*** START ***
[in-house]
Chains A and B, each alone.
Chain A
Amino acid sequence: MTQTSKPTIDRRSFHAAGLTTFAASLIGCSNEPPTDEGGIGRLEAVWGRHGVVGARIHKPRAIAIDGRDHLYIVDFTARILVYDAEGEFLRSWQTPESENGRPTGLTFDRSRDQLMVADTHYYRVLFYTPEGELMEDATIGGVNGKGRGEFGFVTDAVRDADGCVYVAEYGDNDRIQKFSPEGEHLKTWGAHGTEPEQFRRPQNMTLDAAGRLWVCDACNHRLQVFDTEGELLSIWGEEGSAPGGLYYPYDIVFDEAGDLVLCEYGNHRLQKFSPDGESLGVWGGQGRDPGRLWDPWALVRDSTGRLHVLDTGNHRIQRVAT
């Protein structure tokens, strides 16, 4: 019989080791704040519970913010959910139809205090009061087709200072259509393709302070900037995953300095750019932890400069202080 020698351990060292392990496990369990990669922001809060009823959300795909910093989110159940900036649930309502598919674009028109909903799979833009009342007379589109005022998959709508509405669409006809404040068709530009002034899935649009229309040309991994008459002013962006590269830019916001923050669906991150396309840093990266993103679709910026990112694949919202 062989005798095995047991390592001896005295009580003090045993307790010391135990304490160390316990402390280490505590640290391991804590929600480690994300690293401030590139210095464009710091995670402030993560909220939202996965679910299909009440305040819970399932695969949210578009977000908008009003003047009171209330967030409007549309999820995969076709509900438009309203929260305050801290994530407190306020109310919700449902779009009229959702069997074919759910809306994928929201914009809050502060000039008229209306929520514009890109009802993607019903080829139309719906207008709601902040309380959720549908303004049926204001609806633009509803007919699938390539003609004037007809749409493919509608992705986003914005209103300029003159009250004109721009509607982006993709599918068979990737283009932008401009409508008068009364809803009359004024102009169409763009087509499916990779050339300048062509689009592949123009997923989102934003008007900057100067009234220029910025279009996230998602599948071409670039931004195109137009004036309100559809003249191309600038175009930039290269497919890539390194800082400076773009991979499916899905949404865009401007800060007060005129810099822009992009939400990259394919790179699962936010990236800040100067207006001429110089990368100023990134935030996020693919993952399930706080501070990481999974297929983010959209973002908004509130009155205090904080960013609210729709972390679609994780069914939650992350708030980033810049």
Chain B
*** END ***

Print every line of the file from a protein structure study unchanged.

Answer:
[in-house]
Chains A and B, each alone.
Chain A
Amino acid sequence: MTQTSKPTIDRRSFHAAGLTTFAASLIGCSNEPPTDEGGIGRLEAVWGRHGVVGARIHKPRAIAIDGRDHLYIVDFTARILVYDAEGEFLRSWQTPESENGRPTGLTFDRSRDQLMVADTHYYRVLFYTPEGELMEDATIGGVNGKGRGEFGFVTDAVRDADGCVYVAEYGDNDRIQKFSPEGEHLKTWGAHGTEPEQFRRPQNMTLDAAGRLWVCDACNHRLQVFDTEGELLSIWGEEGSAPGGLYYPYDIVFDEAGDLVLCEYGNHRLQKFSPDGESLGVWGGQGRDPGRLWDPWALVRDSTGRLHVLDTGNHRIQRVAT
């Protein structure tokens, strides 16, 4: 019989080791704040519970913010959910139809205090009061087709200072259509393709302070900037995953300095750019932890400069202080 020698351990060292392990496990369990990669922001809060009823959300795909910093989110159940900036649930309502598919674009028109909903799979833009009342007379589109005022998959709508509405669409006809404040068709530009002034899935649009229309040309991994008459002013962006590269830019916001923050669906991150396309840093990266993103679709910026990112694949919202 062989005798095995047991390592001896005295009580003090045993307790010391135990304490160390316990402390280490505590640290391991804590929600480690994300690293401030590139210095464009710091995670402030993560909220939202996965679910299909009440305040819970399932695969949210578009977000908008009003003047009171209330967030409007549309999820995969076709509900438009309203929260305050801290994530407190306020109310919700449902779009009229959702069997074919759910809306994928929201914009809050502060000039008229209306929520514009890109009802993607019903080829139309719906207008709601902040309380959720549908303004049926204001609806633009509803007919699938390539003609004037007809749409493919509608992705986003914005209103300029003159009250004109721009509607982006993709599918068979990737283009932008401009409508008068009364809803009359004024102009169409763009087509499916990779050339300048062509689009592949123009997923989102934003008007900057100067009234220029910025279009996230998602599948071409670039931004195109137009004036309100559809003249191309600038175009930039290269497919890539390194800082400076773009991979499916899905949404865009401007800060007060005129810099822009992009939400990259394919790179699962936010990236800040100067207006001429110089990368100023990134935030996020693919993952399930706080501070990481999974297929983010959209973002908004509130009155205090904080960013609210729709972390679609994780069914939650992350708030980033810049």
Chain B